Women throughout the nation are dying at an unprecedented rate from prescription drug overdoses.
So many are dying that it's been called a public health epidemic.
In fact, since 2007, more women have died annually from drug overdoses than from auto accidents, according to the Atlanta-based Centers for Disease Control and Prevention.
Although more men die from drug overdoses than women, the percentage increase in deaths since 1999 is greater among women, according to the CDC.
In 2010, the deaths of at least 15,323 women were attributed to a drug overdose, a rate of 9.8 per 100,000 population. Deaths from opioid pain relievers increased fivefold between 1999 and 2010 for women. For men, the rate increased by 3.6 times.
In 2010, some 943,365 women nationally visited an emergency room for drug misuse or abuse. The highest number of visits were for cocaine or heroin, benzodiazepines, and opioid pain relievers.
Closer to home, between January 2008 and August 2013, some 352 Montana women died from a drug overdose as defined by the CDC, the nation's public health agency. This includes prescription drugs, heroin, and cocaine. It is not possible to determine what proportion of the deaths were caused by abuse, according to the Montana Department of Public Health and Human Services.
Women are more likely than men to be prescribed painkillers, use them chronically, and acquire them in higher doses. In part, that is because women are more susceptible to chronic pain and more often use the health care system, suggested Dr. James Bentler, medical director for St. Vincent Healthcare’s Emergency Department. They will seek pain relievers for migraines, chronic pelvic pain, endometriosis, cysts, and fibromyalgia, a condition of widespread pain throughout the body.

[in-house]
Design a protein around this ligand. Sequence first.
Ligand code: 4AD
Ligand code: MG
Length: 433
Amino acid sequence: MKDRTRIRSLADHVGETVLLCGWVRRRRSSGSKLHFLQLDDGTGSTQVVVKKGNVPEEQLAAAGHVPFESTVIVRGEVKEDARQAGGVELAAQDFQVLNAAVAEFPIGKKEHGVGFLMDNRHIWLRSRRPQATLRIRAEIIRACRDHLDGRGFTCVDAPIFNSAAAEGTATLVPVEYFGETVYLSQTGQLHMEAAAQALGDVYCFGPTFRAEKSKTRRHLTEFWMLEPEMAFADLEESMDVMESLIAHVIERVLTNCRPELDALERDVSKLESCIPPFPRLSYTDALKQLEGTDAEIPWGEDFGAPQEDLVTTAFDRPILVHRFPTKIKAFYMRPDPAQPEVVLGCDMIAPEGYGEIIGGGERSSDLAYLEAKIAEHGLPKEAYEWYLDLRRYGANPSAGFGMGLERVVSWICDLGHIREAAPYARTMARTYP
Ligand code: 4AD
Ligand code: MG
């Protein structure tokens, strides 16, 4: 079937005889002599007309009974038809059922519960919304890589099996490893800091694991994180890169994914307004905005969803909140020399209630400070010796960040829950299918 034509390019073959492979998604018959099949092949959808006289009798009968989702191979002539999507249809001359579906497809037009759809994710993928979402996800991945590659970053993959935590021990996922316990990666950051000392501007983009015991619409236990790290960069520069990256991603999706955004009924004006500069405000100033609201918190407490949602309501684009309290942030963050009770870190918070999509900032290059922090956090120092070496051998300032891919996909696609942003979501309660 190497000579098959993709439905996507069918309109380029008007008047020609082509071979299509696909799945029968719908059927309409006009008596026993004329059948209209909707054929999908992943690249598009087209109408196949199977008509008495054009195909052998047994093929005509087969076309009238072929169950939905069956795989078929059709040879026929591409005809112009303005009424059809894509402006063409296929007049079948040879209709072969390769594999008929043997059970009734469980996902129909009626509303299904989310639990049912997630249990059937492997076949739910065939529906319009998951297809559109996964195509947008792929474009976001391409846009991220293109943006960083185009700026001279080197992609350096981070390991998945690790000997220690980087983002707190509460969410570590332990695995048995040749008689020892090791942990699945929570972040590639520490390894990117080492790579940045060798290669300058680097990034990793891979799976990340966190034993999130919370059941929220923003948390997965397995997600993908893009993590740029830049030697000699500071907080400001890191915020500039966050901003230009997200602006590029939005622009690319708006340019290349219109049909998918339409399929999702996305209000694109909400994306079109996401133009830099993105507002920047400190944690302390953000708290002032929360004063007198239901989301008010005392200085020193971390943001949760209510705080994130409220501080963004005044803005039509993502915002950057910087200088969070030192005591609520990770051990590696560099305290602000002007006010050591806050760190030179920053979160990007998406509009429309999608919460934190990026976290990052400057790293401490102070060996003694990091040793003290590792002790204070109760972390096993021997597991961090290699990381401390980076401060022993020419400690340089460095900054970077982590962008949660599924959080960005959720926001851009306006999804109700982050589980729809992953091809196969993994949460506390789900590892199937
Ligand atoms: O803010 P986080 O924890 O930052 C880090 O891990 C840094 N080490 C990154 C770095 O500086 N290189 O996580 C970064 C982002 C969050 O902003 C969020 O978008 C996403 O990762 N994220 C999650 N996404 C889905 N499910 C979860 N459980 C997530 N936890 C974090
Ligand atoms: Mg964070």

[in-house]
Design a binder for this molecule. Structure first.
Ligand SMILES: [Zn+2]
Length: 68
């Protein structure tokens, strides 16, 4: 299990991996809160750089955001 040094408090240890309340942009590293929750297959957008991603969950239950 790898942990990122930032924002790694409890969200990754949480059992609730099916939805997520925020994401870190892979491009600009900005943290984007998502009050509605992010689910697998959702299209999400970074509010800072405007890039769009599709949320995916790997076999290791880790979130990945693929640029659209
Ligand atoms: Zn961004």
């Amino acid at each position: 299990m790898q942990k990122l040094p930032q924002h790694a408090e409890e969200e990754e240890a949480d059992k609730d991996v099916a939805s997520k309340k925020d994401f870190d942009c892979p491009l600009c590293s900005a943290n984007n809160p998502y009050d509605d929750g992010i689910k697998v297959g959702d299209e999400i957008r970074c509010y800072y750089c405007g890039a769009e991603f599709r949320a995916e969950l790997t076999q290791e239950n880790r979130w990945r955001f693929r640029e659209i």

Women are also more likely to be prescribed drugs to treat depression and anxiety, which can interfere with other medications, sometimes leading to death.
“Women are the primary health care decision-makers,” said Lenette Kosovich, CEO of Rimrock Foundation. “Always have been, always will be, whether for themselves, their husband or their family.”
Because women are so familiar with navigating the health care system, they find it easier to manipulate and abuse the system.
Women typically have smaller body masses than men, which makes them more susceptible to overdose. They are also more likely to “doctor shop” to acquire pain pills from multiple physicians, CDC officials say.
While many of the initial complaints from women about pain are legitimate and the prescription appropriate, many pain relievers are habit-forming and can lead to addiction, Bentler said. He sits on a task force of physicians and health care professionals in Billings who saw a need to address prescription drug abuse. The task force also includes representatives from RiverStone Health, Rimrock Foundation and Billings Clinic.
Many of the women who become addicted would never dream of turning to illegal drugs or alcohol, but there is no taboo associated with a prescription drug, Bentler said.